The New Horizons Mission to Pluto
What is the atmosphere of Pluto made of, and how does it behave? What does the surface of Pluto look like? What causes those colors? Are there interesting and unique geological features? How do particles in the solar wind interact with Pluto’s atmosphere? These are but some of the questions NASA scientists hope to answer during the coming flyby in 2015.
On January 19, 2006, NASA launched the New Horizons spacecraft for a dramatic flight past icy dwarf planet Pluto and its moons two years from now in July 2015. After a 10 year and more than 3 billion mile journey, New Horizons will reveal information about worlds on the edge of the solar system. Plans for the mission include flybys of one or two Kuiper Belt Objects. These icy bodies are found orbiting the Sun in a zone beyond the orbit of Pluto. They range from about 25 to 55 miles (40 to 90 kilometers) in diameter.
The objects in the Kuiper Belt are presumed to be remnants from the formation of the solar system about 4.6 billion years ago. The Kuiper Belt probably contains hundreds of thousands of icy bodies larger than 100 km (62 miles) across and a trillion or more comets. Some of these pass near Earth. One will pass very near the Sun in late 2013. It is hoped that it will give us an exceptional show.
New Horizons is packed with seven instruments selected to meet the mission’s science goals. Follow the link for details about each one.
Where is New Horizons Now?
The spacecraft is more than halfway between the orbits of Uranus and Neptune. This image is copied from a site which plots the position hourly. Follow this link for the most current position plotted on that site. Because the distances are so large, no significant changes in the plot can be seen unless weeks have passed. It looks like the spacecraft is near Pluto. But, it will take another two years for it to reach Pluto.
The Kuiper Belt and KBO
Arrival at Pluto is approaching with great anticipation. But, that will not be the end of the mission. The spacecraft will continue to coast from the Sun into a region called the Kuiper Belt. The asteroid belt is mostly metal and rock. The Kuiper Belt is made mostly of icy chunks of various substances. Kuiper Belt Objects KBO have similar composition to comets. They are a made of combinations of frozen water, ammonia and hydrocarbons, such as methane. Occasionally, the KBO objects collide or attract each other gravitationally and divert their paths. One of them might then be on a new path toward the Sun and produce a comet for us to see.
Pluto is one of the largest known KBOs. There are a number of other objects of substantial size. Quaoar is more than half the size of Pluto, and Makemake and Haumea are much closer in size to Pluto. A number of KBOs, including Pluto and Haumea, also have moons of their own.
After passing Pluto and Charon, the spacecraft can change course slightly for a flyby of a KBO. The KBO target will not be selected until shortly before the Pluto encounter. It will be similar to the Pluto-Charon encounter. Scientists will map the KBO with high resolution images, measure its surface and atmosphere compositions, and look for evidence of craters and moons. To find the potential icy KBO targets, thousands of ground based images were analyzed. They were taken specially for this purpose using ground based telescopes. These images contained undiscovered slow-moving Kuiper Belt Objects, asteroids moving through the foreground, and millions of background stars.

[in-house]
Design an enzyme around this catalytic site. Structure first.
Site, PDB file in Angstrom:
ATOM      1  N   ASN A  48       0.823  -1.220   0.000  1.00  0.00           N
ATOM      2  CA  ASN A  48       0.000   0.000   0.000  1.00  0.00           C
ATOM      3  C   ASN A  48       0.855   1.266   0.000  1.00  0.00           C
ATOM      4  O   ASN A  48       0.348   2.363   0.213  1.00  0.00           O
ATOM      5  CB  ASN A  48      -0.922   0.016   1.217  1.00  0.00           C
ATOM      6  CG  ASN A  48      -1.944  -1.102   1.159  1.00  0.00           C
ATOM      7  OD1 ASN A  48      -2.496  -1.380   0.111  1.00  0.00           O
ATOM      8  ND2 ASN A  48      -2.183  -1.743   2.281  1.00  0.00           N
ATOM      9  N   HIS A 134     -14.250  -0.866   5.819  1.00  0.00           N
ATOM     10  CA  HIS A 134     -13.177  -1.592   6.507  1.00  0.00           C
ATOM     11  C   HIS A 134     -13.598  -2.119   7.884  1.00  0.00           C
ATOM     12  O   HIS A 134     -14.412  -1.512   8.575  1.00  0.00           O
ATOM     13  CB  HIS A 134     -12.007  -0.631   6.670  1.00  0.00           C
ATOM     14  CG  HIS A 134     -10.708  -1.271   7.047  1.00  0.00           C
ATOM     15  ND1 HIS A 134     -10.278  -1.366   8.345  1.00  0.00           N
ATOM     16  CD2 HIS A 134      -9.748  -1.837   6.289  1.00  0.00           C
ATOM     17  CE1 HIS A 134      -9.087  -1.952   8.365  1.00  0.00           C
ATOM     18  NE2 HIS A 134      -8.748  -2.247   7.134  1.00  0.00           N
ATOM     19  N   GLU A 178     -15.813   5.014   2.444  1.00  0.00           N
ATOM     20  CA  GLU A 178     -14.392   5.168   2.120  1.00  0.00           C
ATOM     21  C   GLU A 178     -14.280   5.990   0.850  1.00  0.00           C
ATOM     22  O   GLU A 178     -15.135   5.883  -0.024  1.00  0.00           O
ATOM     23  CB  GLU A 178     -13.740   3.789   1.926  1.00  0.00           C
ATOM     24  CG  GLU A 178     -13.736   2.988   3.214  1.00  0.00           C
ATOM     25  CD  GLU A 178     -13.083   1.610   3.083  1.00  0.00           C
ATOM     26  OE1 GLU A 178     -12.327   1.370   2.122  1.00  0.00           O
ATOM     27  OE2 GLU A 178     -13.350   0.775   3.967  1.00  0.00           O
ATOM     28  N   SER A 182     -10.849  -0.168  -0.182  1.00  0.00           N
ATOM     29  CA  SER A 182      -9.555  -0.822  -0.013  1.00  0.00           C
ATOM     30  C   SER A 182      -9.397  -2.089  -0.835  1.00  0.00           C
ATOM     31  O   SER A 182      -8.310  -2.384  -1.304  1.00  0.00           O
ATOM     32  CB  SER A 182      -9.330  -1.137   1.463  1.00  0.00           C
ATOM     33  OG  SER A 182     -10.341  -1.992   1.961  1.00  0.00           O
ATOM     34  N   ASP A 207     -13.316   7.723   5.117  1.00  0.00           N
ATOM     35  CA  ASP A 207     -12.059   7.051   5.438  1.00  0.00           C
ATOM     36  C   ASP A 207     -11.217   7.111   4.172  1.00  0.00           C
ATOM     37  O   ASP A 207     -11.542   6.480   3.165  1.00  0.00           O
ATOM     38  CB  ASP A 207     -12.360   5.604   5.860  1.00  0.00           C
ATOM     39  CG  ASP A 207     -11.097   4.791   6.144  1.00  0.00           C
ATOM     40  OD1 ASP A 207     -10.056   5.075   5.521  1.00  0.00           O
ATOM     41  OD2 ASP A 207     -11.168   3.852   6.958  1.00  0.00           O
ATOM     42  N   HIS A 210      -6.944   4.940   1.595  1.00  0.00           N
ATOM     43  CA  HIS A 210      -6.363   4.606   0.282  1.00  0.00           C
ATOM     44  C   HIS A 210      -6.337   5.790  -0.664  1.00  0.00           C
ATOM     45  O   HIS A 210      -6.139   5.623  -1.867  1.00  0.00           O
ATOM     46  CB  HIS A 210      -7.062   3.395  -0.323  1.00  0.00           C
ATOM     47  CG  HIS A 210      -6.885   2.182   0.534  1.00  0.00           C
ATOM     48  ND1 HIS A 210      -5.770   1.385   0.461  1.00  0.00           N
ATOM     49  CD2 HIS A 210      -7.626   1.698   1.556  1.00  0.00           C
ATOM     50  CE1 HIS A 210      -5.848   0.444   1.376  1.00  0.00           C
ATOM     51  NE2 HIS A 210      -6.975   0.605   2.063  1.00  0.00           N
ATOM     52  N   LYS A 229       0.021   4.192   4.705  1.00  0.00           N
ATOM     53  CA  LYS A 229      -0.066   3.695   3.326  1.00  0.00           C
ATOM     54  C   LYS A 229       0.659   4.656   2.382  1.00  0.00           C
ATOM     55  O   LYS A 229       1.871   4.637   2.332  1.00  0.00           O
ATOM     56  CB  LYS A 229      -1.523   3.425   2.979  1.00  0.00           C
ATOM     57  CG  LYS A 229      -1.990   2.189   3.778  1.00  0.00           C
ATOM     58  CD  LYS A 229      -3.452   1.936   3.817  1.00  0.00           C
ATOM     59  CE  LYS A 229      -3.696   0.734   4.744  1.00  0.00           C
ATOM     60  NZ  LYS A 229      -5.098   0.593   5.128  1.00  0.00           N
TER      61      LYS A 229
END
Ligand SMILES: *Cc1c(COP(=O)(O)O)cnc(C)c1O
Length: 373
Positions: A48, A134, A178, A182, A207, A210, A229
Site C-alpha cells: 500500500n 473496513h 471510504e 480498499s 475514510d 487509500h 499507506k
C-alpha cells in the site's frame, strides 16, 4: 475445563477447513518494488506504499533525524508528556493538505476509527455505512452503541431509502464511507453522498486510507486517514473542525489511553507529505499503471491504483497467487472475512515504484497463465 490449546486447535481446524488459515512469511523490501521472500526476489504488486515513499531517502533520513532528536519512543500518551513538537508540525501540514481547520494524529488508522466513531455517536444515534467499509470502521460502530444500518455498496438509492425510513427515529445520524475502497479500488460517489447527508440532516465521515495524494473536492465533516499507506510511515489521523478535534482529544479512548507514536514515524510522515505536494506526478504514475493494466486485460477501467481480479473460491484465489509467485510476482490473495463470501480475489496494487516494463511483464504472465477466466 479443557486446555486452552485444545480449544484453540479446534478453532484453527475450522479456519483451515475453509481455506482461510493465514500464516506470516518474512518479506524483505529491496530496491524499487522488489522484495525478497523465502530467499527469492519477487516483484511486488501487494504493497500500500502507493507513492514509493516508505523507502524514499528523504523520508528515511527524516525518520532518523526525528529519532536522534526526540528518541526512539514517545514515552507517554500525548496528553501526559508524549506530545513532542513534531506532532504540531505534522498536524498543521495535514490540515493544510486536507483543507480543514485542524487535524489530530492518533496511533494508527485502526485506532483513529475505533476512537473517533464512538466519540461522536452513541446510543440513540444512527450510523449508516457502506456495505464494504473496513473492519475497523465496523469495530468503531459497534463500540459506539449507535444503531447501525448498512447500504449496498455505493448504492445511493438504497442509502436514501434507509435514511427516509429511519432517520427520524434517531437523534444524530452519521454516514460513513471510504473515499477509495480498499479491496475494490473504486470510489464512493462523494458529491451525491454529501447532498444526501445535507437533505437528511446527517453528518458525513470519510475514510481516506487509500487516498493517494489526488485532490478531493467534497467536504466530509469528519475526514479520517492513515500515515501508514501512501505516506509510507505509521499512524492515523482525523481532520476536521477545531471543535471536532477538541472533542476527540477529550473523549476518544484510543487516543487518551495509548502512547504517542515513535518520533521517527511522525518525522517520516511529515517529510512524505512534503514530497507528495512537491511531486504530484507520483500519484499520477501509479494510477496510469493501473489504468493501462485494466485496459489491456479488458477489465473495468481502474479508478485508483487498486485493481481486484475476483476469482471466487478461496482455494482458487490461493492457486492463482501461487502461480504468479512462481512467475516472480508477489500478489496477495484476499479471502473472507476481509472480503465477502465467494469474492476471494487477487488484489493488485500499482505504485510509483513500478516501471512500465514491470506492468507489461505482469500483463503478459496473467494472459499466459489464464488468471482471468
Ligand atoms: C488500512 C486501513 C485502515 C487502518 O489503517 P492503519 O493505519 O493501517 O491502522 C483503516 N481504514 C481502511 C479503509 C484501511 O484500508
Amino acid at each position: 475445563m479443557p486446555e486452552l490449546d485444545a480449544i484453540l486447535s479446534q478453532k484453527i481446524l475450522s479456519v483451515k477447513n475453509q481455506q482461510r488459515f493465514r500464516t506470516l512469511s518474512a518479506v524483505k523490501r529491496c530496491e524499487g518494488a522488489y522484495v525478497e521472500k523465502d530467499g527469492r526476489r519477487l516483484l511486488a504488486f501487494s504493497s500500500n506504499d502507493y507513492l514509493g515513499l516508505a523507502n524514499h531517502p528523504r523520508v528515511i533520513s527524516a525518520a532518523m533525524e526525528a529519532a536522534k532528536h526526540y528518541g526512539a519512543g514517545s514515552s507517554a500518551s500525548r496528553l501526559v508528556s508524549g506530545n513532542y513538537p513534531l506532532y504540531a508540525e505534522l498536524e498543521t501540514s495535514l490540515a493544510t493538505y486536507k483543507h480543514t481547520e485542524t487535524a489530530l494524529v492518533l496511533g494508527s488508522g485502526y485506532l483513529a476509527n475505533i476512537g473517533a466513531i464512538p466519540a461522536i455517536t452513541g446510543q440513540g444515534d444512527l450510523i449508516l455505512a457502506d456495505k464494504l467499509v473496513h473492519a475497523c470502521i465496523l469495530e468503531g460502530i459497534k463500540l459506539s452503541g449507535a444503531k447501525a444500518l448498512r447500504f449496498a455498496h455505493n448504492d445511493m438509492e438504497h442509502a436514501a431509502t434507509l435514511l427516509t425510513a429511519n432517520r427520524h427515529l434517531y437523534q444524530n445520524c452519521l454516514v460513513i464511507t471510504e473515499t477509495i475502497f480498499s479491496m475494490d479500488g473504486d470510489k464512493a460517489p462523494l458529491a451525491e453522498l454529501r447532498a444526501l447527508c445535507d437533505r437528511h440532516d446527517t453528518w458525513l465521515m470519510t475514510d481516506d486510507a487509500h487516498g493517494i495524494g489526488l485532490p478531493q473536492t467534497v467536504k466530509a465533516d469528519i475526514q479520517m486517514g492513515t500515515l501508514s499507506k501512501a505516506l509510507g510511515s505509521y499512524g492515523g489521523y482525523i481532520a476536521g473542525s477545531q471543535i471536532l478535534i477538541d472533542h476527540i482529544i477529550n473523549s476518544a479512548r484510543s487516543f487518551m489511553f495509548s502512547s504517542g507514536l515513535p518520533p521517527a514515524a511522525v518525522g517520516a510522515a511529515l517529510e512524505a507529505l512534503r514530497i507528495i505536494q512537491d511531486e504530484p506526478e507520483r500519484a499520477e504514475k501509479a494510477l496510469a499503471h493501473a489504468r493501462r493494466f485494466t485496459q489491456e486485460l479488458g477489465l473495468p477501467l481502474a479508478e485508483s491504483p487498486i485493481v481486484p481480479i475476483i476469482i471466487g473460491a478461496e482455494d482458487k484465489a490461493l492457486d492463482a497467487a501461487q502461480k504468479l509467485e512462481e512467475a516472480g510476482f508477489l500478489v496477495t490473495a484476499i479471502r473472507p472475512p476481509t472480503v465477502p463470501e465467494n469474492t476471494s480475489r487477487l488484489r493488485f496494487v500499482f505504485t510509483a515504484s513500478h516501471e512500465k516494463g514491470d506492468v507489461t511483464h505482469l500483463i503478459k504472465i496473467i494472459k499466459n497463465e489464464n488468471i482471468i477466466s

I participated in the search of these images during 2011 as a citizen scientist at a web site called Zooniverse. The IceHunters project was one of several citizen science projects available at Zooniverse. Dr. Pamela Gay and Corey Lehan of Southern Illinois University produced an easy to use and effective interface for searching for and identifying potential KBO candidates. The KBO IceHunters search project is no longer operational.
What is the Science in the Image Analysis?
The images were taken by the 8-meter Subaru telescope on Mauna Kea, or the 6.5-meter Magellan telescope in Chile. The same star regions were imaged a few days or weeks apart. The images were balanced for brightness and contrast. Then the images were overlaid and subtracted. Objects which don’t move like stars will effectively disappear. Objects which do move will appear in different locations. What is left in the final product is an image with most bright stars subtracted out of the blotchy field. But there are some asteroids, KBOs, and variable stars still clearly present. Those were viewed and marked by the large number of volunteers in the Zooniverse membership.
For example, here is a potential KBO marked with a circle.
Here is likely an asteroid noted by the 3 fuzzy dots in a row below center when 3 images were subtracted. Most of these asteroids were known. Some were newly discovered by the IceHunters volunteers. They received credit as an official discoverer of the new asteroid.
Please Join the Zooniverse Citizen Scientists Projects
Sign up and take part in one of the interesting projects available at Zooniverse. Join the nearly 850,000 people worldwide. Citizen science is a lot of fun and can help advance the research more quickly due to the large numbers of volunteers. There are now seventeen projects in areas of space, climate, nature, humanities, and biology.